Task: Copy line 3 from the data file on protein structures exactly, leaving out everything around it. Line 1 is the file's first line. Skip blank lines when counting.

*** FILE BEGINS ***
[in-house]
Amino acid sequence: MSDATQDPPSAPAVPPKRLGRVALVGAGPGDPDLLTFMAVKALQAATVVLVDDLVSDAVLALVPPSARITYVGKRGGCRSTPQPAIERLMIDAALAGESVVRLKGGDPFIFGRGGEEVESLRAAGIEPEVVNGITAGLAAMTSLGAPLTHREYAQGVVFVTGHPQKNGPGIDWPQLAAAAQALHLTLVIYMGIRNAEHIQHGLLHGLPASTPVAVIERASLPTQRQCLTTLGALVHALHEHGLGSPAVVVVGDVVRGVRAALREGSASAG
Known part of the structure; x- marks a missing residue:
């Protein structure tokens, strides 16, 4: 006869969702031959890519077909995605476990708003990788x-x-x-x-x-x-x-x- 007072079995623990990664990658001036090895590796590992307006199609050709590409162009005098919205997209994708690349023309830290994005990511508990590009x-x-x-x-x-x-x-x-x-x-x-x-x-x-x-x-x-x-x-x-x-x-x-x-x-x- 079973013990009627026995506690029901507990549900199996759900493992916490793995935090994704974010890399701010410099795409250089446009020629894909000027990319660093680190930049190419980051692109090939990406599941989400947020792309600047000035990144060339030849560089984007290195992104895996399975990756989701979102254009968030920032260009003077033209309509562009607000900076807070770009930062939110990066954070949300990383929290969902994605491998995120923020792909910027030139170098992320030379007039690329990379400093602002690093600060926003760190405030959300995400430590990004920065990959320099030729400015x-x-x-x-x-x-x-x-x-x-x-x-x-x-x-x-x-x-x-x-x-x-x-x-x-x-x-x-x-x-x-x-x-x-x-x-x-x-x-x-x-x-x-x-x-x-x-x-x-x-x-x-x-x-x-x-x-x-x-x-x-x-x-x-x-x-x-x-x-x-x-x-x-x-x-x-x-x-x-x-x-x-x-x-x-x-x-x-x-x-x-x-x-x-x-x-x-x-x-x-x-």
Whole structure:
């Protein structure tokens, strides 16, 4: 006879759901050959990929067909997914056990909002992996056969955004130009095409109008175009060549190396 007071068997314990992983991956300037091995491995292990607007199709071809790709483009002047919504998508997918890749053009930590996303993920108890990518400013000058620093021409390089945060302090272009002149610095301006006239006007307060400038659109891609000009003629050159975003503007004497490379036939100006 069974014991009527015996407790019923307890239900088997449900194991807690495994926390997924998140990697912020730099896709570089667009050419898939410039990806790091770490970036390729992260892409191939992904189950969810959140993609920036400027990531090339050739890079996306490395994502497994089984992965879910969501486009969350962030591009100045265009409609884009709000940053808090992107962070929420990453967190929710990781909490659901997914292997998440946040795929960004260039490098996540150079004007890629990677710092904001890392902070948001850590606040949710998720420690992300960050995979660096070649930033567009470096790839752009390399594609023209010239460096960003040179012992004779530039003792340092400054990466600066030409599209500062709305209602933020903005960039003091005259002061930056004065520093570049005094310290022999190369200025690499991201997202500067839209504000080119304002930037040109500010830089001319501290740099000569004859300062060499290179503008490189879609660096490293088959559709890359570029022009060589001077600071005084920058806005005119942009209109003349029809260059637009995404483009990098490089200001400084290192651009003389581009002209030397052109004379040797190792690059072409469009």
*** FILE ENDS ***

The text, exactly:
Known part of the structure; x- marks a missing residue: